“Many Virginia charities, including volunteer rescue squads, booster clubs and programs to feed the homeless, use proceeds from charitable gaming as a tool to support their missions, said Michael Menefee, program manager for VDACS’ Office of Charitable and Regulatory Programs. > Read more.
Richmonders Jim Morgan and Dan Stackhouse were married at Lewis Ginter Botanical Garden in Lakeside Mar. 7 month after winning the Say I Do! With OutRVA wedding contest in February. The contest was open to LGBT couples in recognition of Virginia’s marriage equality law, which took effect last fall. The wedding included a package valued at $25,000.
Morgan and Stackhouse, who became engaged last fall on the day marriage equality became the law in Virginia, have been together for 16 years. They were selected from among 40 couples who registered for the contest. The winners were announced at the Say I Do! Dessert Soiree at the Renaissance in Richmond in February. > Read more.
The Fourth Annual Healy Gala will be held Saturday, Apr. 11, at The Cultural Arts Center at Glen Allen from 7 p.m. to 11 p.m.
The event was created to honor Michael Healy, a local businessman and community leader who died suddenly in June 2011, and to endow the Mike Healy Scholarship (through the Glen Allen Ruritan Club), which benefits students of Glen Allen High School.
Healy served as the chairman of Glen Allen Day for several years and helped raise thousands of dollars for local charities and organizations. > Read more.
Two events this weekend benefit man’s best friend – a rabies clinic, sponsored by the Glendale Ruritan Club, and an American Red Cross Canine First Aid & CPR workshop at Alpha Dog Club. The fifth annual Shelby Rocks “Cancer is a Drag” Womanless Pageant will benefit the American Cancer Society and a spaghetti luncheon on Sunday will benefit the Eastern Henrico Ruritan Club. Twin Hickory Library will also host a used book sale this weekend with proceeds benefiting The Friends of the Twin Hickory Library. For all our top picks this weekend, click here! > Read more.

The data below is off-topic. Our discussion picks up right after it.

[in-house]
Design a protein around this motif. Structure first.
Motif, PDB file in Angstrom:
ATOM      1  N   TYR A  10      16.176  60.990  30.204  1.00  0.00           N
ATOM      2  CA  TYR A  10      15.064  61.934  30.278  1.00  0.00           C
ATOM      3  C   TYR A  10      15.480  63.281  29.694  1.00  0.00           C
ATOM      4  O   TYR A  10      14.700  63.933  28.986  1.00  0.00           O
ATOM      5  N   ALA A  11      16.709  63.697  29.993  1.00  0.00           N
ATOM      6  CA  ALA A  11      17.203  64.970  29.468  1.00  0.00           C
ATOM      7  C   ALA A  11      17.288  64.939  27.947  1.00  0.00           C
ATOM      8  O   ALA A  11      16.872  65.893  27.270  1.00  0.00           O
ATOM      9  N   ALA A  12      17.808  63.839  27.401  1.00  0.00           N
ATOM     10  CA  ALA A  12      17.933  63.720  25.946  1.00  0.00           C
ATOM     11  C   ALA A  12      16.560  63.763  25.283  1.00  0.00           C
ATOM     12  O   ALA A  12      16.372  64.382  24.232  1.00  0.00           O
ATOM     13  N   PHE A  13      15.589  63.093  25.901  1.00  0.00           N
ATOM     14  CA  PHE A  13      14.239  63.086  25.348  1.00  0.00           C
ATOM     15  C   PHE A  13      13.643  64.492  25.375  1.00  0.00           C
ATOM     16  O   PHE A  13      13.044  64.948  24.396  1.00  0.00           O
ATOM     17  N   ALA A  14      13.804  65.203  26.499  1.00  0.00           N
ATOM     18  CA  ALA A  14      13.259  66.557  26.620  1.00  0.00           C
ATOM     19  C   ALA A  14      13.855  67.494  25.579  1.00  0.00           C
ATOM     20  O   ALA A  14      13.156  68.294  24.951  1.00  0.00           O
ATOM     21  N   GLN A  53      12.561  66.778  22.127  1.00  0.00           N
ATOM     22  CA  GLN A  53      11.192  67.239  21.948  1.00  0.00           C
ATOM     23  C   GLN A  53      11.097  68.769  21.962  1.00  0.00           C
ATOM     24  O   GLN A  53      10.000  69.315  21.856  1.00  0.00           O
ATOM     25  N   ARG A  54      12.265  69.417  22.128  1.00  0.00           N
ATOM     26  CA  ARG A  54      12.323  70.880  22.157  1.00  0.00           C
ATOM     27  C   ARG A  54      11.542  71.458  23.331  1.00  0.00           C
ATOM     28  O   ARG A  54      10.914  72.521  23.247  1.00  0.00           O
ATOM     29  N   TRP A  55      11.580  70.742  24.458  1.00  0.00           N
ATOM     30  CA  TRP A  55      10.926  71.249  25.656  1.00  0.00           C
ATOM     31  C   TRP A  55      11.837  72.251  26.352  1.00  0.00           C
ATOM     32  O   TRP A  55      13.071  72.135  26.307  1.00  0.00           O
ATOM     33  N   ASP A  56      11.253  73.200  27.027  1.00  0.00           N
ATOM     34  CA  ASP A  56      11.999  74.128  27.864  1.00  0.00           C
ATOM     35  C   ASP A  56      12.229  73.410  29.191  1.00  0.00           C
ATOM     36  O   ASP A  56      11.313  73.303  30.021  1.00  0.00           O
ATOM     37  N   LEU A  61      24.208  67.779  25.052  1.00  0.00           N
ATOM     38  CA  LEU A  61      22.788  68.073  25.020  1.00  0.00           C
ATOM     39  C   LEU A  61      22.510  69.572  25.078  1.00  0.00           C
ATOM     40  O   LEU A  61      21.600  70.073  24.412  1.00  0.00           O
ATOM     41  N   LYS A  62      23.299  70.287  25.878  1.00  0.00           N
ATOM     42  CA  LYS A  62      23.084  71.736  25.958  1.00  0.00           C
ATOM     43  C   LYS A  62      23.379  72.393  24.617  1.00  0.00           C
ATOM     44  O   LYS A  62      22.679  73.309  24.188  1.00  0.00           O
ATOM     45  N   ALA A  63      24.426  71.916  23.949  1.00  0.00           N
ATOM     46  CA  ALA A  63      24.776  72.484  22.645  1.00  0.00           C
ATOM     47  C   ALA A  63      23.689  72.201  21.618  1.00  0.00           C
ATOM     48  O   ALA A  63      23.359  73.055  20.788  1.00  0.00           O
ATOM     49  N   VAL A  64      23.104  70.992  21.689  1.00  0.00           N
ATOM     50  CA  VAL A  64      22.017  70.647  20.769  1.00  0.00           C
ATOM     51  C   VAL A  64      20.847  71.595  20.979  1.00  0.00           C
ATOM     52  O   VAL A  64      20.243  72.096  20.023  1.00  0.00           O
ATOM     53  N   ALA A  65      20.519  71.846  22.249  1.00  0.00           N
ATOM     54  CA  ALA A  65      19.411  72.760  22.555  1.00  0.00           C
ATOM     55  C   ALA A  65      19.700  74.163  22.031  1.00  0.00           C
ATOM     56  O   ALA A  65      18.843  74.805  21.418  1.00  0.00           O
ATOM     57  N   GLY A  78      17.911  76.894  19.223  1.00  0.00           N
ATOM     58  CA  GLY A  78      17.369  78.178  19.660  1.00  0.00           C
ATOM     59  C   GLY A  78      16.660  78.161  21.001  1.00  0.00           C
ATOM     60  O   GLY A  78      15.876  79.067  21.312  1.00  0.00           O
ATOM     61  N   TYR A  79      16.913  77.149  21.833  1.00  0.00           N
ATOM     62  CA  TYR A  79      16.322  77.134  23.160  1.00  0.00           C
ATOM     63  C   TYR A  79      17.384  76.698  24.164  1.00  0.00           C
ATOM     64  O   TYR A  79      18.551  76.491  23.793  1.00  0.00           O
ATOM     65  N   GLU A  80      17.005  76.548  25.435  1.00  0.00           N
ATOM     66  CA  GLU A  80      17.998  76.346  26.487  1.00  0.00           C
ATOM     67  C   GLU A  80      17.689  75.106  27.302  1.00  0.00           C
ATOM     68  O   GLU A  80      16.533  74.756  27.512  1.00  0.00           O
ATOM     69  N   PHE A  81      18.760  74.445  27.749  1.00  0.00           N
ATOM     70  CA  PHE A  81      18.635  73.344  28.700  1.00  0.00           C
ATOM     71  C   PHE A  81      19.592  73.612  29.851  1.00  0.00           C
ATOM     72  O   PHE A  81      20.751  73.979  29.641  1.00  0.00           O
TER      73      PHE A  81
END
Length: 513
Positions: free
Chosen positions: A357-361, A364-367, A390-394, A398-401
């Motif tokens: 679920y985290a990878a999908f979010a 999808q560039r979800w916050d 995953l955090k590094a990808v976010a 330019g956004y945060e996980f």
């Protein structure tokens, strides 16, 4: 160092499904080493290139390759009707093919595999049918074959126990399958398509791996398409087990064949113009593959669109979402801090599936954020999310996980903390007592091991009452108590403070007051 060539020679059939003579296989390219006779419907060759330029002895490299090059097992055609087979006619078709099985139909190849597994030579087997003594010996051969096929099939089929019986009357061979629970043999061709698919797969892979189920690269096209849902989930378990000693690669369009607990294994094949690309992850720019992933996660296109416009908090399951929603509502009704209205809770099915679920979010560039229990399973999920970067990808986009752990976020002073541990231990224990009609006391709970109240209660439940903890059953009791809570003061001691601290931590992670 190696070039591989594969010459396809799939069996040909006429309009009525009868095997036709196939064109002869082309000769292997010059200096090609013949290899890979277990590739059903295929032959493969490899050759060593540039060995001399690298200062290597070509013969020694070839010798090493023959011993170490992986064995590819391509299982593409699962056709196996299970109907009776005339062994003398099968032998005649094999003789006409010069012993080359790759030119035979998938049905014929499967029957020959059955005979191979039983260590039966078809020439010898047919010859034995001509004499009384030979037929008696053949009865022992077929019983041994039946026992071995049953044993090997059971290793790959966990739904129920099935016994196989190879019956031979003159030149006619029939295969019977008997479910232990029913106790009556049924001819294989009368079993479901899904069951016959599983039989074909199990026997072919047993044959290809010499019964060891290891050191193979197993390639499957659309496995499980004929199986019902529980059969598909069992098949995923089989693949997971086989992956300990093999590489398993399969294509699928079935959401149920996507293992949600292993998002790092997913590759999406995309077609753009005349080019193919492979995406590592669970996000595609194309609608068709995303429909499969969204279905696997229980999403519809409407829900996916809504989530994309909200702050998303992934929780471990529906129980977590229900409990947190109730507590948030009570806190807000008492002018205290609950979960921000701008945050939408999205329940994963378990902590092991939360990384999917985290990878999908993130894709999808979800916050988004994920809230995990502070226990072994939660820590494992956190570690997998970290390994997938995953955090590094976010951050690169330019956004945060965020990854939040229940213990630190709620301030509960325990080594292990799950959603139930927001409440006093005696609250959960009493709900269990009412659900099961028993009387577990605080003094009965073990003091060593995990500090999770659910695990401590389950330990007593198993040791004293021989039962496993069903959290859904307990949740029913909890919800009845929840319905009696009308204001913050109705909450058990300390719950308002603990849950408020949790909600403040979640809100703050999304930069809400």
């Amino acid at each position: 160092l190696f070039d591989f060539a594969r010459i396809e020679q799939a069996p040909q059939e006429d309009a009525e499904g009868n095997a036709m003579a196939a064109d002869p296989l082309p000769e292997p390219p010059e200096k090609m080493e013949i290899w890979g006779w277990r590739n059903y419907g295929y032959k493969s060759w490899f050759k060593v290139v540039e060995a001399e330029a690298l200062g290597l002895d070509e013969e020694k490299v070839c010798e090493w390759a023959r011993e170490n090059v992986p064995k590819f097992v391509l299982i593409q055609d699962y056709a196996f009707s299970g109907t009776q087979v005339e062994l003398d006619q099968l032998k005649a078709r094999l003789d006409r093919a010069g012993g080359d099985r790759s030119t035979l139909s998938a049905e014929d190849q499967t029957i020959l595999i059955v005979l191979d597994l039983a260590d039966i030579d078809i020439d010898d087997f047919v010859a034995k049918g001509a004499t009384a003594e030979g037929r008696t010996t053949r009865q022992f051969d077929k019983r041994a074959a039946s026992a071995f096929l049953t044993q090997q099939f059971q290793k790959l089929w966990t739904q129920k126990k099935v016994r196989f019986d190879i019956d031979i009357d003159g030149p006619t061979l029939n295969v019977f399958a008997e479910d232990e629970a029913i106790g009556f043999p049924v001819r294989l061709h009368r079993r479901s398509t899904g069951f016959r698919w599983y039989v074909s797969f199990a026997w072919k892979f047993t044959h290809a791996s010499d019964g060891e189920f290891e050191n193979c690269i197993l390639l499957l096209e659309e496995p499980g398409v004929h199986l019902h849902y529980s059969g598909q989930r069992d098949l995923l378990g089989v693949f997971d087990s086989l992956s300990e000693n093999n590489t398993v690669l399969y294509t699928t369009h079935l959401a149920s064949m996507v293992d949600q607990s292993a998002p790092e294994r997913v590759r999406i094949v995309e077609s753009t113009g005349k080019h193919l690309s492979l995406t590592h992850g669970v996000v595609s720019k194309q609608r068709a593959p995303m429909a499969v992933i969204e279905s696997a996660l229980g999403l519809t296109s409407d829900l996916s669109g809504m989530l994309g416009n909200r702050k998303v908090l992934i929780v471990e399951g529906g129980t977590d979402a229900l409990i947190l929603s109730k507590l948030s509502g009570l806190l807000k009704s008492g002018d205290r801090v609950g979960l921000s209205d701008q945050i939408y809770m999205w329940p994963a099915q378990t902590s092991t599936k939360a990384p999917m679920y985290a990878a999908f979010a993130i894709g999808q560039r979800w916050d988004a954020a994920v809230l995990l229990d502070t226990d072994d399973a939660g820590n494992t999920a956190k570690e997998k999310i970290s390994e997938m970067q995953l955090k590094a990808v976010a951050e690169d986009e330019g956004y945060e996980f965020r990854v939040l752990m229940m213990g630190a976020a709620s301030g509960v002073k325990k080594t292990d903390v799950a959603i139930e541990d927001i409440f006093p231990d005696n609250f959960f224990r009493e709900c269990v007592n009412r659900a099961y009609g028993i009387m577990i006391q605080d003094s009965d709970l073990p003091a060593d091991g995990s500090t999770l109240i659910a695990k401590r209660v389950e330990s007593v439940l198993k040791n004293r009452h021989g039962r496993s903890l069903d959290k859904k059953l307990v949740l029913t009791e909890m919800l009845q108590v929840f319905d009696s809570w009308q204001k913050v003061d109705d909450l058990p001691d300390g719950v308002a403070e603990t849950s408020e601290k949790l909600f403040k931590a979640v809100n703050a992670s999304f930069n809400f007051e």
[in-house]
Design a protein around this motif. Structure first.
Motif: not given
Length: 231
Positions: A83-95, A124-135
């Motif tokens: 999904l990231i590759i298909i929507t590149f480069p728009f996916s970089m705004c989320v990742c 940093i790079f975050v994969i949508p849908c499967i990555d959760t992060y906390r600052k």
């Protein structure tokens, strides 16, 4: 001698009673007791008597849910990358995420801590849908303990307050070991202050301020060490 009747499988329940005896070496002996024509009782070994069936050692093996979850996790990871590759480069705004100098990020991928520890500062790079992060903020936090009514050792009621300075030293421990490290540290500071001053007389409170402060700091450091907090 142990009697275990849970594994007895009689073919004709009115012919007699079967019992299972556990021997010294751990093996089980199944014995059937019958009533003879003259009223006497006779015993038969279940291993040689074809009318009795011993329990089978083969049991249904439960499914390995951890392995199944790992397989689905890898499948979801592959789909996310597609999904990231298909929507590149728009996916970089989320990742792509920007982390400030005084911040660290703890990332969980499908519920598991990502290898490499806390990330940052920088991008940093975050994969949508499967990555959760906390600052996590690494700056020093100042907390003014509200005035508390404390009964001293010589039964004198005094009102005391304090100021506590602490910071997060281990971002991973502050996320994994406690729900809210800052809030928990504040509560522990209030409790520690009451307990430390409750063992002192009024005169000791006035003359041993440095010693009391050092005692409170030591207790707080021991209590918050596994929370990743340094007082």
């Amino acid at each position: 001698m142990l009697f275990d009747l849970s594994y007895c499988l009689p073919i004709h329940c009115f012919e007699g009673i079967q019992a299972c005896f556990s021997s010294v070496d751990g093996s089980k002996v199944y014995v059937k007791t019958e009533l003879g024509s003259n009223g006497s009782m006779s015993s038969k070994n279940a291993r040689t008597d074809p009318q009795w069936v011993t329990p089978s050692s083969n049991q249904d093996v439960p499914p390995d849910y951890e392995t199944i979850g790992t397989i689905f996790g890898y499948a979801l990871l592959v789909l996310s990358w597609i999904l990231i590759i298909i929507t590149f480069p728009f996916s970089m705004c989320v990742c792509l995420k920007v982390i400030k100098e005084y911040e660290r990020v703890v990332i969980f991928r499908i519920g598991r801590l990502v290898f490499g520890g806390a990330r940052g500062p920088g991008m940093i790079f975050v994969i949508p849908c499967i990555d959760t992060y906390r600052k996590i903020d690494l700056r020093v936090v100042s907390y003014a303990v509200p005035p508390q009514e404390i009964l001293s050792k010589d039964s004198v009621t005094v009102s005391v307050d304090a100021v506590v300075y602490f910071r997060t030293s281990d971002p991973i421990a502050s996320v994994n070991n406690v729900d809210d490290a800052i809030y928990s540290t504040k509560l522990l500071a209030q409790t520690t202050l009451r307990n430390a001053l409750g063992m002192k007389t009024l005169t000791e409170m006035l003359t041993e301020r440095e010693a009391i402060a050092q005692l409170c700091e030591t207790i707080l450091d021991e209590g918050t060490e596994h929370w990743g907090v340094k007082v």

Ichiban offers rich Asian flavors, but portions lack
In a spot that could be easily overlooked is a surprising, and delicious, Japanese restaurant. In a tiny nook in the shops at the corner of Ridgefield Parkway and Pump Road sits a welcoming, warm and comfortable Asian restaurant called Ichiban, which means “the best.”
The restaurant, tucked between a couple others in the Gleneagles Shopping Center, was so quiet and dark that it was difficult to tell if it was open at 6:30 p.m. on a Monday. When I opened the door, I smiled when I looked inside. > Read more.
Disney’s no-frills, live-action ‘Cinderella’ delights
Cinderella is the latest from Disney’s new moviemaking battle plan: producing live-action adaptations of all their older classics. Which is a plan that’s had questionable results in the past.
Alice in Wonderland bloated with more Tim Burton goth-pop than the inside of a Hot Topic. Maleficent was a step in the right direction, but the movie couldn’t decide if Maleficent should be a hero or a villain (even if she should obviously be a villain) and muddled itself into mediocrity.
Cinderella is much better. Primarily, because it’s just Cinderella. No radical rebooting. No Tim Burton dreck. It’s the 1950 Disney masterpiece, transposed into live action and left almost entirely untouched. > Read more.